A bill that would transfer control of Charlotte’s airport from the city to an independent authority should “slow down,” Gov. Pat McCrory said Monday.
But Charlotte’s former longtime mayor declined to offer his opinion of any transfer, instead characterizing it as a local dispute.
“This seems to be a dispute between two factions in Charlotte – the city leaders and local business leaders,” he said. “What I’m recommending is some of this legislation slow down. The factions in Charlotte need to talk to each other and identify what the problem is and what’s the best long-term solution, like we used to do.”
Legislation to create an airport authority has been on the fast track. Introduced less than three weeks ago, it has sailed through two committees and faces a scheduled Senate vote on Wednesday.
After watching the bill fly through the Senate Finance Committee last week, Charlotte City Council member Andy Dulin, a Republican, grumbled that it was “bum-rushed” through.
On Monday night, the council voted unanimously to spend up to $150,000 on a study that would weigh the pros and cons of an authority. To prepare for the study, the city has contacted seven stakeholders – including US Airways, aviation director Jerry Orr and Norfolk Southern railroad – for their thoughts on how the airport should be governed.
Supporters, including the bill’s Republican sponsors, say a regional authority would be better able to guide an airport that has grown into the world’s sixth busiest. Some, including Charlotte developer Johnny Harris, say they worry the airport could become “politicized” under the city.
But critics, such as Mayor Anthony Foxx, say the airport has thrived for nearly 80 years as a city department, often benefiting from the city’s financial oversight. On Monday, Foxx said he wanted to clear up what he said are some misimpressions about the airport. The biggest, he said, is that the city is taking money from the airport to fund regular city services.
“There is a law that says that even if this council wanted to do it, it couldn’t,” Foxx said. “And this council, or any council, has never wanted to do that.”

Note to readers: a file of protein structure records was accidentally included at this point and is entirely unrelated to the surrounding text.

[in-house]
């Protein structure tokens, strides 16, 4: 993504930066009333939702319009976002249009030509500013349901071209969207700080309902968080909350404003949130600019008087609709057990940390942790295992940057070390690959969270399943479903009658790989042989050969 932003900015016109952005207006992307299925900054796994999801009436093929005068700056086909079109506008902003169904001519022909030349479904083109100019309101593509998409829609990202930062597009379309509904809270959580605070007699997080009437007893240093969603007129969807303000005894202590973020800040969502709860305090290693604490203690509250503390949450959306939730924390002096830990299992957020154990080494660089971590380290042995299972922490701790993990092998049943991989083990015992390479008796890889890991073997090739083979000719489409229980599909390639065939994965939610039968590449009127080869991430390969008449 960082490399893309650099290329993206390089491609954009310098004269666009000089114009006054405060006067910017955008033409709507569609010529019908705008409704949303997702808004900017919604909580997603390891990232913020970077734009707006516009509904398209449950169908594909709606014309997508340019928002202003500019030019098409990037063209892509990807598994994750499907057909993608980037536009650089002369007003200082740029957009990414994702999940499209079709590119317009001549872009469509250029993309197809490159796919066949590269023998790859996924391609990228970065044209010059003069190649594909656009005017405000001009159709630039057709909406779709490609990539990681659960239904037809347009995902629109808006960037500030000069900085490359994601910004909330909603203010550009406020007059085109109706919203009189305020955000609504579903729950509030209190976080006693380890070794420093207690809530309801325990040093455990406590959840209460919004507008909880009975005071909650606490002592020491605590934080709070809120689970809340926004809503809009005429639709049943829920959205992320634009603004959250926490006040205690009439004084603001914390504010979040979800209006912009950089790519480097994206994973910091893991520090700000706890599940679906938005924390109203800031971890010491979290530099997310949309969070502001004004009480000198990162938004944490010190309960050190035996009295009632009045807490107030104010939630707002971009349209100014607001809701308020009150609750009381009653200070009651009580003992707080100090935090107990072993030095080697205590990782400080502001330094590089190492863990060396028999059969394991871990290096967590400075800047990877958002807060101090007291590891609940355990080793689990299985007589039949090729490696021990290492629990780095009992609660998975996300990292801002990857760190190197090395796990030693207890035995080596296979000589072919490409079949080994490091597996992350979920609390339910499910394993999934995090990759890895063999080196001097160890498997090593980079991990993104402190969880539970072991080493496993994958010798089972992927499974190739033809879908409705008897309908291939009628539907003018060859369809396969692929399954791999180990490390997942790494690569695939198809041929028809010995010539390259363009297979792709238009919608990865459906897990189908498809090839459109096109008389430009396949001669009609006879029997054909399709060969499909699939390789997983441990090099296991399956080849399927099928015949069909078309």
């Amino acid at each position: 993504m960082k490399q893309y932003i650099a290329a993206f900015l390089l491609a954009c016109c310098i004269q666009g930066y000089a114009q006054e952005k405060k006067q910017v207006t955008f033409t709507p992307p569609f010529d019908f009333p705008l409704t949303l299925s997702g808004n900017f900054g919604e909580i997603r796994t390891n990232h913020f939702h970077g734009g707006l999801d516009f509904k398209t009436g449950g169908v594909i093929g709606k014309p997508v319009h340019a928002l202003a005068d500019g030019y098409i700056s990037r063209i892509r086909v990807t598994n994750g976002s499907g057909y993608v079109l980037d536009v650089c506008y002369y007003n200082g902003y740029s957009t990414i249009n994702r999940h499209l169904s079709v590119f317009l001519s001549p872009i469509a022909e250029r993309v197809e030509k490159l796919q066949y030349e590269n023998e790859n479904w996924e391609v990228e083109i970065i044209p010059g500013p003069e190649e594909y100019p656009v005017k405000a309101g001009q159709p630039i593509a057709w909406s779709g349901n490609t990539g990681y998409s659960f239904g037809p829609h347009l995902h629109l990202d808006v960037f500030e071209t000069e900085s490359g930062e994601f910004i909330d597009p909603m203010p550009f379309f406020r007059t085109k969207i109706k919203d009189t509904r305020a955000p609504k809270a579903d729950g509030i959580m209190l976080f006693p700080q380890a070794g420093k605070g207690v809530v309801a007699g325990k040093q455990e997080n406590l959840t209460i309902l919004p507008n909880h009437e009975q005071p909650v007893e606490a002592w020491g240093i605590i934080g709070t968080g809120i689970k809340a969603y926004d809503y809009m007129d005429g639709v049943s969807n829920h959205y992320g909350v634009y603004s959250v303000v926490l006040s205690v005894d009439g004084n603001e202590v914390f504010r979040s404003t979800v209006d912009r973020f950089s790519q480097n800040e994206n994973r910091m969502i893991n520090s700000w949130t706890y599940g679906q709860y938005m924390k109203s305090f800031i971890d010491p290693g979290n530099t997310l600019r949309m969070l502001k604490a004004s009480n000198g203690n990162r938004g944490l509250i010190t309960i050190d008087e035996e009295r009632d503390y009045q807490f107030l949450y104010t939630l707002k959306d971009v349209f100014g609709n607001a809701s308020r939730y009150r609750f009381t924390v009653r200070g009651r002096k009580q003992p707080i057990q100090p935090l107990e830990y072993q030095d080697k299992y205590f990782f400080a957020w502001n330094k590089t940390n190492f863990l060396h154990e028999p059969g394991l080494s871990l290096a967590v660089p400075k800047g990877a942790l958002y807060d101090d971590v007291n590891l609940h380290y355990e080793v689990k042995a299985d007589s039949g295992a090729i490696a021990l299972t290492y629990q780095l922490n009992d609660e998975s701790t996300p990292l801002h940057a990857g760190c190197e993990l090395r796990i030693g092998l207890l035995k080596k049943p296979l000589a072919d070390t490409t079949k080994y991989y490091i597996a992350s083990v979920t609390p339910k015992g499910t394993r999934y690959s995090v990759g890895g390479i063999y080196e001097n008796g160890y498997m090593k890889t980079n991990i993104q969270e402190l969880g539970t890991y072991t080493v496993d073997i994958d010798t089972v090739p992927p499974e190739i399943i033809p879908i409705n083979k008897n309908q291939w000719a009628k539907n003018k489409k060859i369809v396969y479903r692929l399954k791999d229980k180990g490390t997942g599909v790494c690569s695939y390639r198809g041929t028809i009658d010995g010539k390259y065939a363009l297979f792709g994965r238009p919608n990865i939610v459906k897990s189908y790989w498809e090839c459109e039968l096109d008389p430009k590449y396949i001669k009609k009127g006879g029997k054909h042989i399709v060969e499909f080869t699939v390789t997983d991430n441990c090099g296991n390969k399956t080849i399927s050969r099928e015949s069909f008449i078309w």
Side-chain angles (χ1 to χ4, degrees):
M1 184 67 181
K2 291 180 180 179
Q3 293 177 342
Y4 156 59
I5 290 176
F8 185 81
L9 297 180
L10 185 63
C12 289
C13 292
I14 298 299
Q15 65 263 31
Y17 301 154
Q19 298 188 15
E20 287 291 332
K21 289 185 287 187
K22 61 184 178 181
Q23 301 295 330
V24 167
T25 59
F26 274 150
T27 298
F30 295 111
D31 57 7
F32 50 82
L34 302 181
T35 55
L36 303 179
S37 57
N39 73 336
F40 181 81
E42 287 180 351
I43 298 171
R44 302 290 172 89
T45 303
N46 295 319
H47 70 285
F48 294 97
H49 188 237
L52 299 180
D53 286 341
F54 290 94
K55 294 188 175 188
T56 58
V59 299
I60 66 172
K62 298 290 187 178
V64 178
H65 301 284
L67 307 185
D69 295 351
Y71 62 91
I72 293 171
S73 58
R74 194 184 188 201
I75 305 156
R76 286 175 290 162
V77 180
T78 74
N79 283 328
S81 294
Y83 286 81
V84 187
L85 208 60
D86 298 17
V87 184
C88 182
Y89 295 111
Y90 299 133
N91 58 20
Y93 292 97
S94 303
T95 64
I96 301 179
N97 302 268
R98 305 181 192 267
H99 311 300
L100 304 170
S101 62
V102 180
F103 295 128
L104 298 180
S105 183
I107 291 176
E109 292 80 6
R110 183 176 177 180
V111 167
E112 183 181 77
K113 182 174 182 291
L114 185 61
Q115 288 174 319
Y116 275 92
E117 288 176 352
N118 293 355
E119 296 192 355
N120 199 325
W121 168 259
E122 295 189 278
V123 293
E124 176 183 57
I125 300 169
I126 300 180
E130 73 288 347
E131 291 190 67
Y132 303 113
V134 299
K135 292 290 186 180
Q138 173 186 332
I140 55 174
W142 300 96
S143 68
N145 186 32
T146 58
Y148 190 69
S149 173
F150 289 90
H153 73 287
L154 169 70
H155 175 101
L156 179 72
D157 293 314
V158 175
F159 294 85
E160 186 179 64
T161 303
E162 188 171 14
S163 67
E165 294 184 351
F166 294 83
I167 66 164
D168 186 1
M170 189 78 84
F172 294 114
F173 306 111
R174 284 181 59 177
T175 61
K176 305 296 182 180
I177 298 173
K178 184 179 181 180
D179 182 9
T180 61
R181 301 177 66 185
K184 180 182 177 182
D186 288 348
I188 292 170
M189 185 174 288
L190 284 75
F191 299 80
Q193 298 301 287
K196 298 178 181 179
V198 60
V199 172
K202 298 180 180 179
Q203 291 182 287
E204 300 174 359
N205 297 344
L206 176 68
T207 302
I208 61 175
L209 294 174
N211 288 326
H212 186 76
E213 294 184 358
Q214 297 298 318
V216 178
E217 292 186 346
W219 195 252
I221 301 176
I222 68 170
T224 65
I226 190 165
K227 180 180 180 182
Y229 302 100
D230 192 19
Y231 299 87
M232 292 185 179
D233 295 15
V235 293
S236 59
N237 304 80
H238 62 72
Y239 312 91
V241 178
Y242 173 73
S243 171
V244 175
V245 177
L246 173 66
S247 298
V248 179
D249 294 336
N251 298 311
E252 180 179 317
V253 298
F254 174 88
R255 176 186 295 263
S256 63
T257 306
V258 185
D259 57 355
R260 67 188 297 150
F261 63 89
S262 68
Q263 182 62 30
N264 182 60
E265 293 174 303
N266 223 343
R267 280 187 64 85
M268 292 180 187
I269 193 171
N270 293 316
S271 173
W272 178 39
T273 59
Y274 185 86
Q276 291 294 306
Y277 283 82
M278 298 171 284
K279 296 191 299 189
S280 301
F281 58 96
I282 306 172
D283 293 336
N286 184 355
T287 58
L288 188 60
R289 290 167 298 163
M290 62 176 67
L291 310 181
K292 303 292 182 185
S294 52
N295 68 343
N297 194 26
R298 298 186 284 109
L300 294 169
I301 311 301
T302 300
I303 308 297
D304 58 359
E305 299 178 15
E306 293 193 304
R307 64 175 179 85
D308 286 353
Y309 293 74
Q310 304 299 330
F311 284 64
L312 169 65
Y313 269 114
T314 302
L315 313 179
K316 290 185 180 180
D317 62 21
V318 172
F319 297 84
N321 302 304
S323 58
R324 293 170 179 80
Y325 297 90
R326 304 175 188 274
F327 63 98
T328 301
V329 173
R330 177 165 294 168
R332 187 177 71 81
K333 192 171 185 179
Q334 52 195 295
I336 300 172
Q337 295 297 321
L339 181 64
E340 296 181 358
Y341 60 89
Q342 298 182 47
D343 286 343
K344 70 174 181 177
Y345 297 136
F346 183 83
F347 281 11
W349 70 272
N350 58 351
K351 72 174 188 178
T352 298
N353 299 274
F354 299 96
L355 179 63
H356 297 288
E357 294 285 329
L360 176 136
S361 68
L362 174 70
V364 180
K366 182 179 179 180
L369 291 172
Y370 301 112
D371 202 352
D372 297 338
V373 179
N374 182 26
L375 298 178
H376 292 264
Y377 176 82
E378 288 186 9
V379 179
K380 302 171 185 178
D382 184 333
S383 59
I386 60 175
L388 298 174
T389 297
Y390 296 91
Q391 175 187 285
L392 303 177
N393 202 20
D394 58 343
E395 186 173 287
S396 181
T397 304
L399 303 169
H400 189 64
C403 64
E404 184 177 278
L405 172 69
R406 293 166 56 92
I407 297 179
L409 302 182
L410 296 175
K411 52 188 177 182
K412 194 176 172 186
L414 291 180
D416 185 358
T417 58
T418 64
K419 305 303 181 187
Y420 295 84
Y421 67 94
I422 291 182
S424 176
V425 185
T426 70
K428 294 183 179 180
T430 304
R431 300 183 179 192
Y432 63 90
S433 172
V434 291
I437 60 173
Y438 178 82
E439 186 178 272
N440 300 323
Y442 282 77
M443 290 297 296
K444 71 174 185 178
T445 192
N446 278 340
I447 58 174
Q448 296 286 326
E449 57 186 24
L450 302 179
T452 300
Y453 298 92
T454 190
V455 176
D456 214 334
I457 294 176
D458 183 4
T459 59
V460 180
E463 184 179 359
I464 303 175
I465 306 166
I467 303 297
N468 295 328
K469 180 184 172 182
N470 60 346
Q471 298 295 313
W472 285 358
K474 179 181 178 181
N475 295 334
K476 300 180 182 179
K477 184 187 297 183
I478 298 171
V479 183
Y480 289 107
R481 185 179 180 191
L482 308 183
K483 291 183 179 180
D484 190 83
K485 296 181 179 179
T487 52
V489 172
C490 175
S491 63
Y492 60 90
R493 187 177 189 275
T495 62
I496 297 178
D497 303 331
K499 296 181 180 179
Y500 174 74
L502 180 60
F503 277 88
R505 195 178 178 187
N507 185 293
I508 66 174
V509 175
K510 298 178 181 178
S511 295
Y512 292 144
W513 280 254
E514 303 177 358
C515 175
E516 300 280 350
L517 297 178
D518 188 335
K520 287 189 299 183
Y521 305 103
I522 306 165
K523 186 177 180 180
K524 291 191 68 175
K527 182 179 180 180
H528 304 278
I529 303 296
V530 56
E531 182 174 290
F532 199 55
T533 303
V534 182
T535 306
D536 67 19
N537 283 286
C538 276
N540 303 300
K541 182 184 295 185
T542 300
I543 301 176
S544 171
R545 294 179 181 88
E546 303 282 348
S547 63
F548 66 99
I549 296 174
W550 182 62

Democrat David Howard, a council member, said people in the business community who have a problem with how the airport is being run should say their complaints in public. Howard said that Orr, the aviation director, should be a staff resource for the study – but shouldn’t be on the oversight group.
House Speaker Thom Tillis, who appeared with McCrory at a Charlotte jobs announcement, also suggested the House will study the issue.
“The Charlotte airport is an enormous success story,” he told reporters, “which is why we have to go about this in a very methodical fashion, to make sure we don’t change for change’s sake but we change because we think it’s another strategic advantage for the airport, the airlines that use it, for the businesses that are customers.”
The bill would create a 13-member authority, with members appointed by the governor, the speaker and the Senate President Pro Tem, as well as local governments in Mecklenburg and five surrounding counties.
The authority bill was scheduled to reach the Senate floor last week. But Sen. Bob Rucho, a Matthews Republican and its main Senate sponsor, pulled it to get answers to questions about the more-than-$800 million in airport debt.
The debt is financed by the city with airport revenue bonds. It’s unclear what would happen to those bonds. One aide told senators a “best case” would involve a simple transfer of bonds from the city to an authority. A “worst case” might mean the bonds would have to be recalled and re-issued.
Sen. Fletcher Hartsell, a Concord Republican who supports the idea of an authority, called that “playing with fire.”
Tillis said he plans to discuss the bonds at a meeting this week with the state treasurer. Rucho could not be reached.
Rep. Ruth Samuelson, a Charlotte Republican and GOP leader, said any study should be done in time to allow a decision before the legislative session ends in early summer.
“I don’t see any need to push it past the end of the long session,” she said. “At this point we’d like to have a decision by the end of the session.”
Republican Rep. Bill Brawley of Matthews, the House sponsor of the bill, said he has little doubt how a city study would turn out.
“I’ll make a prediction,” he said. “The study will say the city of Charlotte is an excellent entity to run the airport and they should keep it.”
Charlotte City Council member Michael Barnes, a Democrat, said he is worried that the city may spend tax dollars on the study – and not have it finished in time before legislators make a decision.
Interim City Manager Julie Burch said she thinks the study can be finished by May 15. The city expects the General Assembly to still be in session.